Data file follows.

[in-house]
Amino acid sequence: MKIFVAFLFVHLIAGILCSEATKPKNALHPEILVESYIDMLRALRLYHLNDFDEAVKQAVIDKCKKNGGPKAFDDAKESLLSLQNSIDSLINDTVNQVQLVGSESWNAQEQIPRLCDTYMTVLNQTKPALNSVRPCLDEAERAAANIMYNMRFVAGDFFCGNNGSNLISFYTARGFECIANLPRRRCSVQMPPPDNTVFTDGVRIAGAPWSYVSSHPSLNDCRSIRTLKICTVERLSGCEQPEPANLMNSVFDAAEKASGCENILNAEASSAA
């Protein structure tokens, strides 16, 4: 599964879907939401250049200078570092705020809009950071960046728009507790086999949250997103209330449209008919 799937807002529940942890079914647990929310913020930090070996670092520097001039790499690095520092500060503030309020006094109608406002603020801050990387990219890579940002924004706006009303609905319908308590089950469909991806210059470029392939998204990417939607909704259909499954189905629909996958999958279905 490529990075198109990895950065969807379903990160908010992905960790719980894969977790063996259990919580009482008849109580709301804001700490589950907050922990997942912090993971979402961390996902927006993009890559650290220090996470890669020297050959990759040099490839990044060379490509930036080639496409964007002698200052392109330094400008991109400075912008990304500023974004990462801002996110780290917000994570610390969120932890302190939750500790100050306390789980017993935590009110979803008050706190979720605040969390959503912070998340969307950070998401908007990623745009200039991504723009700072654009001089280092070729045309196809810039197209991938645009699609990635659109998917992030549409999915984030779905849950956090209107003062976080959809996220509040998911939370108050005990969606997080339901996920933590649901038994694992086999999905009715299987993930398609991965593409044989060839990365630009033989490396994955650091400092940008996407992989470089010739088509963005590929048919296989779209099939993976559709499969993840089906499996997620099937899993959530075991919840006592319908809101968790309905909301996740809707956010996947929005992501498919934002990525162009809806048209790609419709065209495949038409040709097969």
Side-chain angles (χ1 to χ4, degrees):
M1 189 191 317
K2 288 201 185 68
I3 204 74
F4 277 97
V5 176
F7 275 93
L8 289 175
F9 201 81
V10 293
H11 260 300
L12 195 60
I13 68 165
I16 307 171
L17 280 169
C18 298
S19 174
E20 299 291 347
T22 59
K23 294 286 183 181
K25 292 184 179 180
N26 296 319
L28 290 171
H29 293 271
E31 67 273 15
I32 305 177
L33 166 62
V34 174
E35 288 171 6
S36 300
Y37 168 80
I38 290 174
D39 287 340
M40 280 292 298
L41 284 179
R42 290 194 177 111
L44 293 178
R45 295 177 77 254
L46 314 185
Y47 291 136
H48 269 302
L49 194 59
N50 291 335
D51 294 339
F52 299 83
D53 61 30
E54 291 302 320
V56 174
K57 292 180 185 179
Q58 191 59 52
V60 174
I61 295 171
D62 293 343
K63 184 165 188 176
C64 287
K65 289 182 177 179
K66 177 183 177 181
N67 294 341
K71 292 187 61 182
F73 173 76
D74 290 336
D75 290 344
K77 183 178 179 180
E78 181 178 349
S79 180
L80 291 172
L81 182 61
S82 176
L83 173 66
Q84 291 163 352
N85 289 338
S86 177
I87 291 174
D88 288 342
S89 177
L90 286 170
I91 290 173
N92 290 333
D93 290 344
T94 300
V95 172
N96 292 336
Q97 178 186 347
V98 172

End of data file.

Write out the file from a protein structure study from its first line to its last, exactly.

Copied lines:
[in-house]
Amino acid sequence: MKIFVAFLFVHLIAGILCSEATKPKNALHPEILVESYIDMLRALRLYHLNDFDEAVKQAVIDKCKKNGGPKAFDDAKESLLSLQNSIDSLINDTVNQVQLVGSESWNAQEQIPRLCDTYMTVLNQTKPALNSVRPCLDEAERAAANIMYNMRFVAGDFFCGNNGSNLISFYTARGFECIANLPRRRCSVQMPPPDNTVFTDGVRIAGAPWSYVSSHPSLNDCRSIRTLKICTVERLSGCEQPEPANLMNSVFDAAEKASGCENILNAEASSAA
């Protein structure tokens, strides 16, 4: 599964879907939401250049200078570092705020809009950071960046728009507790086999949250997103209330449209008919 799937807002529940942890079914647990929310913020930090070996670092520097001039790499690095520092500060503030309020006094109608406002603020801050990387990219890579940002924004706006009303609905319908308590089950469909991806210059470029392939998204990417939607909704259909499954189905629909996958999958279905 490529990075198109990895950065969807379903990160908010992905960790719980894969977790063996259990919580009482008849109580709301804001700490589950907050922990997942912090993971979402961390996902927006993009890559650290220090996470890669020297050959990759040099490839990044060379490509930036080639496409964007002698200052392109330094400008991109400075912008990304500023974004990462801002996110780290917000994570610390969120932890302190939750500790100050306390789980017993935590009110979803008050706190979720605040969390959503912070998340969307950070998401908007990623745009200039991504723009700072654009001089280092070729045309196809810039197209991938645009699609990635659109998917992030549409999915984030779905849950956090209107003062976080959809996220509040998911939370108050005990969606997080339901996920933590649901038994694992086999999905009715299987993930398609991965593409044989060839990365630009033989490396994955650091400092940008996407992989470089010739088509963005590929048919296989779209099939993976559709499969993840089906499996997620099937899993959530075991919840006592319908809101968790309905909301996740809707956010996947929005992501498919934002990525162009809806048209790609419709065209495949038409040709097969």
Side-chain angles (χ1 to χ4, degrees):
M1 189 191 317
K2 288 201 185 68
I3 204 74
F4 277 97
V5 176
F7 275 93
L8 289 175
F9 201 81
V10 293
H11 260 300
L12 195 60
I13 68 165
I16 307 171
L17 280 169
C18 298
S19 174
E20 299 291 347
T22 59
K23 294 286 183 181
K25 292 184 179 180
N26 296 319
L28 290 171
H29 293 271
E31 67 273 15
I32 305 177
L33 166 62
V34 174
E35 288 171 6
S36 300
Y37 168 80
I38 290 174
D39 287 340
M40 280 292 298
L41 284 179
R42 290 194 177 111
L44 293 178
R45 295 177 77 254
L46 314 185
Y47 291 136
H48 269 302
L49 194 59
N50 291 335
D51 294 339
F52 299 83
D53 61 30
E54 291 302 320
V56 174
K57 292 180 185 179
Q58 191 59 52
V60 174
I61 295 171
D62 293 343
K63 184 165 188 176
C64 287
K65 289 182 177 179
K66 177 183 177 181
N67 294 341
K71 292 187 61 182
F73 173 76
D74 290 336
D75 290 344
K77 183 178 179 180
E78 181 178 349
S79 180
L80 291 172
L81 182 61
S82 176
L83 173 66
Q84 291 163 352
N85 289 338
S86 177
I87 291 174
D88 288 342
S89 177
L90 286 170
I91 290 173
N92 290 333
D93 290 344
T94 300
V95 172
N96 292 336
Q97 178 186 347
V98 172